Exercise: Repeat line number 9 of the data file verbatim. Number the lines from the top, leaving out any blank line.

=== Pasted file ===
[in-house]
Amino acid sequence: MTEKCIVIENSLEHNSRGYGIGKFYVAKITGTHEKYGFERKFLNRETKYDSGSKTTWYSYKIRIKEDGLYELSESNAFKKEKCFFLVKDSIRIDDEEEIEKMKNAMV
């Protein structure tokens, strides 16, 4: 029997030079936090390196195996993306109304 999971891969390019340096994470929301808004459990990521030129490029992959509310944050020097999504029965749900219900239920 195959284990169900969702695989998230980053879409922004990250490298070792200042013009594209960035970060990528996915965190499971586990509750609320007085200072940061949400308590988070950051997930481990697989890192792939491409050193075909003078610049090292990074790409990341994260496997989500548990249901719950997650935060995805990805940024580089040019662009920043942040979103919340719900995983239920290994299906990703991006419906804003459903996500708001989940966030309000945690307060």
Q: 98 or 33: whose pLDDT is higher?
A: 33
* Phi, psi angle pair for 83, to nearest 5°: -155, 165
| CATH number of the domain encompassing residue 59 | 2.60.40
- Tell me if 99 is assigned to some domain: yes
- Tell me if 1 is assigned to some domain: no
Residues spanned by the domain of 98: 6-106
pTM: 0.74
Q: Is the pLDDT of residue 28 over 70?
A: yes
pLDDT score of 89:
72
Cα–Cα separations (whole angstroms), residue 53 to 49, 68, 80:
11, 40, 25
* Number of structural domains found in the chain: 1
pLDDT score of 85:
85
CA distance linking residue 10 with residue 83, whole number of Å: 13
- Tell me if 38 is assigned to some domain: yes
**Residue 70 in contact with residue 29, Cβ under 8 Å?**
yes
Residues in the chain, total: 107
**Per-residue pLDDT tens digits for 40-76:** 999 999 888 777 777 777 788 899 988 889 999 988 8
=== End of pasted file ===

- Tell me if 1 is assigned to some domain: no